Historical Game Spotlight: Civilization
Sid Meier’s Civilization is one of the longest-running series in gaming. The first entry was released in 1991, and it has enjoyed numerous expansions, sequels and spin-offs, the most recent of which was Civilization V in 2010. All of the games follow the same general formula, the specifics of which are tweaked, streamlined and overhauled sequel-by-sequel: Massive randomly-generated maps in which historical civilizations and cultures explore their surroundings, expand their knowledge and territory, exploit the resources they can reach, and more often than not attempt to exterminate each other over territorial ambition, scarce resources, religious differences and diplomatic slights.
I’ve personally played Civs III, IV and V, and it’s more fair to say the games are historically inspired than they are historically accurate. The various civilizations each can choose from one of (usually at least) two historical rulers to lead them, who comes with his (or her) own bonuses based on their historical record, as well as one or two unique, slightly-stronger variants of normal unit (for instance, the Romans can be led by Augustus, whose “imperialist” trait causes increased appearance of strong generals, and instead of the basic swordsman have the stronger Legionnaire). The technology tree through which they progress is sectioned roughly into important advances made throughout history, from the wheel to masonry to replacable parts to the advent of refrigeration, and the varieties of buildings and soldiers that can be created are similarly inspired by structures and weapons used throughout history.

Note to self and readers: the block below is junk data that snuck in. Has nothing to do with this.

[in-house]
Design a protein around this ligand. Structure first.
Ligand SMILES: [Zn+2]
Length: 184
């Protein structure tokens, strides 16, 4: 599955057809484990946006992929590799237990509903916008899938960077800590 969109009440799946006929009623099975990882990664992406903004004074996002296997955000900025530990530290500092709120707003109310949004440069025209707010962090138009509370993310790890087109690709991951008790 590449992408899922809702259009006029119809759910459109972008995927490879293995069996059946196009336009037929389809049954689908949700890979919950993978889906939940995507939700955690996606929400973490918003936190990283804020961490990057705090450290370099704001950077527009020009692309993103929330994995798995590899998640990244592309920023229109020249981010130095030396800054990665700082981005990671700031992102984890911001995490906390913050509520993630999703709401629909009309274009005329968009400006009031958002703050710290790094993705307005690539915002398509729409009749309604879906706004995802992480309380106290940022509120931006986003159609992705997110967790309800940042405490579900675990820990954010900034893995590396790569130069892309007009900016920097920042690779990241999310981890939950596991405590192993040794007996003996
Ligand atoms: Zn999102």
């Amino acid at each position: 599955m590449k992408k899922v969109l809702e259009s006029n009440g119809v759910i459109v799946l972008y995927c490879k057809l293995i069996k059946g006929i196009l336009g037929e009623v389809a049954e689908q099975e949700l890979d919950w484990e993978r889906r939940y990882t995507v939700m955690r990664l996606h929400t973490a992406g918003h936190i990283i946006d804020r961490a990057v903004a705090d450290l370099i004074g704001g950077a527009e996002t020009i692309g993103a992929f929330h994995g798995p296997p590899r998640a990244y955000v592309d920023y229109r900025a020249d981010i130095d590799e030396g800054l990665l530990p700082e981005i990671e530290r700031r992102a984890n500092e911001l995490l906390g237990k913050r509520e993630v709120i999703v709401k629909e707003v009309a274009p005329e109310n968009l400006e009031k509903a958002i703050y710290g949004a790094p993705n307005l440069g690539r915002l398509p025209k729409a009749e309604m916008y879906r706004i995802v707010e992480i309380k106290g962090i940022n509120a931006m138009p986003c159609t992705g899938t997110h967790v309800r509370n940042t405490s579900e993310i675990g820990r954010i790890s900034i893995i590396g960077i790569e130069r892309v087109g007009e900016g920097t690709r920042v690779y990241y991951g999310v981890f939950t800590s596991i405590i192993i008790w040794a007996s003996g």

Now, while the game itself draws upon history to create most of its content, it’s not in and of itself terribly historically accurate, what with the historical cultures being uprooted and transplanted to a randomly-generated world and a single leader being their eternal dictator from the day they found their first city to the time they launch a colony ship into the stars. Where the games really shine, though, are in the Civilopedia.
The Civilopedia is an in-game encyclopedia. Every resource, every building, every unit, every technology, tile improvement, civilization and leader have their own entry in it. While the gameplay does little to transmit historical knowledge, the Civilopedia does much, with entries capable of reaching several pages in length and providing a brief but generally accurate historical overview of whichever item you’re choosing to review. The historical overview is in addition to a brief blurb about their gameplay statistics, so even if a player doesn’t want to access the Civilopedia for educational purposes, they’ll still open it up to double-check how effective a certain unit might be – and in doing so, possibly get absorbed in the detailed descriptions and read more than they originally intended.
Through the Civilopedia, the Civilization games internalize the very mechanics of learning and self-education I spoke of some time ago. Putting the information within the game itself, in an optionally-accessible location, removes one more obstacle between the player seeing something intriguing and going to the trouble of actually looking up more about it. No longer do they have to minimize or exit the game, open their web browser, and then find the information; now it’s right there on the menu, on the in-game UI, and as such is far, far more accessible.
Also the Civilization games are an absolute blast to play. That needs to be mentioned too. I might write more at a later date about the big changes made from Civ IV to Civ V; I still find them both enjoyable. The older Civs are available for mega-cheap; I highly recommend picking up Civ IV if you can find it. The pinnacle of classic Civ, that game; the new one seems to be pushing into a new era.